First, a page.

A Personal Crusade Against a Public Health Crisis
For the first decade of her career, Louella Amos, MD, GME ’06, FEL ’09 and ’10, associate professor of pediatrics (pulmonary and sleep medicine) at MCW and a pulmonologist at Children’s Wisconsin, had been doing what all great physicians do – provide excellent care. Then, in June 2019, a normally healthy pediatric patient was admitted to the ICU with respiratory distress, unique lung features and an unusual collection of symptoms – and Dr. Amos and colleagues couldn’t pinpoint the cause. Then another was admitted. And another. Eventually, eight patients were admitted that month with those similar symptoms, and after finally figuring out the cause, she added “crusader” to her resume.
The common thread among the patients was “vaping” – a way of inhaling nicotine that was created to wean people off cigarettes but has found its way into the hands of children. Many of them. By one estimate from the National Youth Tobacco Survey, 27 percent of high school students and 10 percent of grade schoolers were vaping in 2019. And Dr. Amos and colleagues were quickly starting to see the damage it caused to their patients’ developing lungs. They’d seen enough to consider it a health crisis, potentially impacting children across the US. So, in July 2019, they called a news conference to share an explanation of the symptoms and to warn parents, other healthcare providers and children about the severity of the condition that would later become known as EVALI (E-cigarette or Vaping product use Associated Lung Injury). E-cigarettes are the device used to vape.
“My son was in sixth grade at the time, and it was frightening to think of him using e-cigarettes,” Dr. Amos says. “So, I went on a crusade to educate students, parents, teachers, school nurses, elected officials, other medical professionals and anyone else who had an interest in reducing the use of e-cigarettes in children.”
Since June 2019, Dr. Amos has given talks on the dangers of vaping to students at about eight grade schools and high schools and about 12 local and regional community groups. Her efforts reach beyond the borders of southeastern Wisconsin. She recently spoke at an American Heart Association webinar panel about the effect e-cigarettes have on children and continues to testify in Madison in support of Tobacco 21, which would limit the sale of nicotine and tobacco products in Wisconsin to people over 21. She also has presented cases of EVALI at the Society of Critical Care Medicine Conference, consults with elected officials and healthcare providers around the country and has been interviewed by numerous local, state and national news organizations. Dr. Amos is hopeful that these efforts are paying off. The 2020 National Youth Tobacco Survey indicated that the number of high school students vaping had decreased to 20 percent and the number of grade school children vaping decreased to five percent. More importantly, she has seen a significant drop in the number of severe lung injuries from vaping.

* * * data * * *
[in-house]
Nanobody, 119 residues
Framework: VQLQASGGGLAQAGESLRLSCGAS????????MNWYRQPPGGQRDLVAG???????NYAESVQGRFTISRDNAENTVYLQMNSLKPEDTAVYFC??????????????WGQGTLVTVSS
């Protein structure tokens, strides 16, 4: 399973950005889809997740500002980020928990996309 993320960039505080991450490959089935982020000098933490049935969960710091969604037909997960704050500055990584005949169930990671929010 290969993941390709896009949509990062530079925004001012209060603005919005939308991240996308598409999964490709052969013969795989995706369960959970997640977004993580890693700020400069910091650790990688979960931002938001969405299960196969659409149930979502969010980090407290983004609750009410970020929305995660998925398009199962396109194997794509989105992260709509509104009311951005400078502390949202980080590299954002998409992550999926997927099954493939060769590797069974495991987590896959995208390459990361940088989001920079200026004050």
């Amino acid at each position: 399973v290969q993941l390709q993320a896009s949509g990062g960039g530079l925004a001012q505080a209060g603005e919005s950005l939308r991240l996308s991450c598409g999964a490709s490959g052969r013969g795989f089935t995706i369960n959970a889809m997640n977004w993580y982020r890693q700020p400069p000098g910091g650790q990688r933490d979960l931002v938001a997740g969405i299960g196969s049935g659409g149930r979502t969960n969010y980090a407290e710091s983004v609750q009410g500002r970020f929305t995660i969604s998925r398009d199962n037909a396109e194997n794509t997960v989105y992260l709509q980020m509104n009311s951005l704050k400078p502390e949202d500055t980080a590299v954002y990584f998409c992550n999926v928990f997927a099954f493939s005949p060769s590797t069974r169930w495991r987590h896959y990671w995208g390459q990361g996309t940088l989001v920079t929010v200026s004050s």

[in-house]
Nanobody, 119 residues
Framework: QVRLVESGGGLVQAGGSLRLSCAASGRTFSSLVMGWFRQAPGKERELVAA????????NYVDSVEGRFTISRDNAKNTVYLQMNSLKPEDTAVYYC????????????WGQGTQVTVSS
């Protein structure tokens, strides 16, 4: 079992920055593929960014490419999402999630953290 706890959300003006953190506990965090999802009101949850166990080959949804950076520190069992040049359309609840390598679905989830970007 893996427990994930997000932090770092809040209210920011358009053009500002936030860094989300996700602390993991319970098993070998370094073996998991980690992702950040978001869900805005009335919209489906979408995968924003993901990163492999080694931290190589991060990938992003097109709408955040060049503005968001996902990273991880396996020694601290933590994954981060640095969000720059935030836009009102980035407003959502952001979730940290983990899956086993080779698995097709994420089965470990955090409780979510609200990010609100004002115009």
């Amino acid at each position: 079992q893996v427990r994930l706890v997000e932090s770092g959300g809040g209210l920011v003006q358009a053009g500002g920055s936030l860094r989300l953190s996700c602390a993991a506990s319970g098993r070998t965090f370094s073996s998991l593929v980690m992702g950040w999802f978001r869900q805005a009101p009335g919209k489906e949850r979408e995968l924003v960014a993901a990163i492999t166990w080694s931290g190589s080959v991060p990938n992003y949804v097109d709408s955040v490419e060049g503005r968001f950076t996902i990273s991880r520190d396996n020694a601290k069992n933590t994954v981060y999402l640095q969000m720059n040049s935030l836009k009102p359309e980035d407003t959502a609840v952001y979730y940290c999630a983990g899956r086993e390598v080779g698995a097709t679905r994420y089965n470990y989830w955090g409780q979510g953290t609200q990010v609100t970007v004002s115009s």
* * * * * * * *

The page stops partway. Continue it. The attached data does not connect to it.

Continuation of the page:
“Regardless of the controversies and political leanings, everyone agrees e-cigarettes aren’t good for children,” she remarks.
Defining a New Lung Disease
When normally healthy pediatric patients began showing up at Children’s Wisconsin in June 2019 with respiratory distress and unique symptoms and features that perplexed the care teams, they quickly brought together specialists from around the hospital to determine the cause of this perplexing situation. Dr. Amos, Michael Meyer, MD, FEL ’01, professor of pediatrics and chief of pediatric critical care, Lynn D’Andrea, MD ’87, GME ’90, professor of pediatrics and chief of pediatric pulmonary and sleep medicine, and Michael Gutzeit, MD, GME ’88, chief medical officer at Children’s, were part of the core team that helped determine the cause and impact of this new lung disease – which was eventually called EVALI.
– Anthony Braza